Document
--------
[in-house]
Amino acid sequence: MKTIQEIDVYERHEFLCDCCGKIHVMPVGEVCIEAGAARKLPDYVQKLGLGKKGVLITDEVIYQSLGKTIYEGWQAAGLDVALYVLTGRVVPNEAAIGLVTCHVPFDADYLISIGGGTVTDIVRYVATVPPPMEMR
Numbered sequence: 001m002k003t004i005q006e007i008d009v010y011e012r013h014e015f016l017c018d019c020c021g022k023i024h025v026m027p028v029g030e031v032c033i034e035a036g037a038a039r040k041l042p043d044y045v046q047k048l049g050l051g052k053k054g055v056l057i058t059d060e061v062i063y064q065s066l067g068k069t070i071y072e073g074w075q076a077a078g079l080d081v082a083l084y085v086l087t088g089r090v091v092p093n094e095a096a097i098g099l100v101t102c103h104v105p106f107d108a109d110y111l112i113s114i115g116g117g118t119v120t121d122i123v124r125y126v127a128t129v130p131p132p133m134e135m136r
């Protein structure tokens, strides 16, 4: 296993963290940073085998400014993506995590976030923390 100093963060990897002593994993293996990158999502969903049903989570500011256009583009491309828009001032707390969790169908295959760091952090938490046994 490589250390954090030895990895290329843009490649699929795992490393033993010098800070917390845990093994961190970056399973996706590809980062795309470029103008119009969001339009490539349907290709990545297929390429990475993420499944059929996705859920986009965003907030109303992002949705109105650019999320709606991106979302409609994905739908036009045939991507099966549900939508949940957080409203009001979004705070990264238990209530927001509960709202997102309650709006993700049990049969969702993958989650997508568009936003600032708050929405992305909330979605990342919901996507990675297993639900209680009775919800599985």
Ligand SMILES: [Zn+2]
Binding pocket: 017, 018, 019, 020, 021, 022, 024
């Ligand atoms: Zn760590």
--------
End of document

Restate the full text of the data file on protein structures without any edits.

[in-house]
Amino acid sequence: MKTIQEIDVYERHEFLCDCCGKIHVMPVGEVCIEAGAARKLPDYVQKLGLGKKGVLITDEVIYQSLGKTIYEGWQAAGLDVALYVLTGRVVPNEAAIGLVTCHVPFDADYLISIGGGTVTDIVRYVATVPPPMEMR
Numbered sequence: 001m002k003t004i005q006e007i008d009v010y011e012r013h014e015f016l017c018d019c020c021g022k023i024h025v026m027p028v029g030e031v032c033i034e035a036g037a038a039r040k041l042p043d044y045v046q047k048l049g050l051g052k053k054g055v056l057i058t059d060e061v062i063y064q065s066l067g068k069t070i071y072e073g074w075q076a077a078g079l080d081v082a083l084y085v086l087t088g089r090v091v092p093n094e095a096a097i098g099l100v101t102c103h104v105p106f107d108a109d110y111l112i113s114i115g116g117g118t119v120t121d122i123v124r125y126v127a128t129v130p131p132p133m134e135m136r
């Protein structure tokens, strides 16, 4: 296993963290940073085998400014993506995590976030923390 100093963060990897002593994993293996990158999502969903049903989570500011256009583009491309828009001032707390969790169908295959760091952090938490046994 490589250390954090030895990895290329843009490649699929795992490393033993010098800070917390845990093994961190970056399973996706590809980062795309470029103008119009969001339009490539349907290709990545297929390429990475993420499944059929996705859920986009965003907030109303992002949705109105650019999320709606991106979302409609994905739908036009045939991507099966549900939508949940957080409203009001979004705070990264238990209530927001509960709202997102309650709006993700049990049969969702993958989650997508568009936003600032708050929405992305909330979605990342919901996507990675297993639900209680009775919800599985």
Ligand SMILES: [Zn+2]
Binding pocket: 017, 018, 019, 020, 021, 022, 024
């Ligand atoms: Zn760590």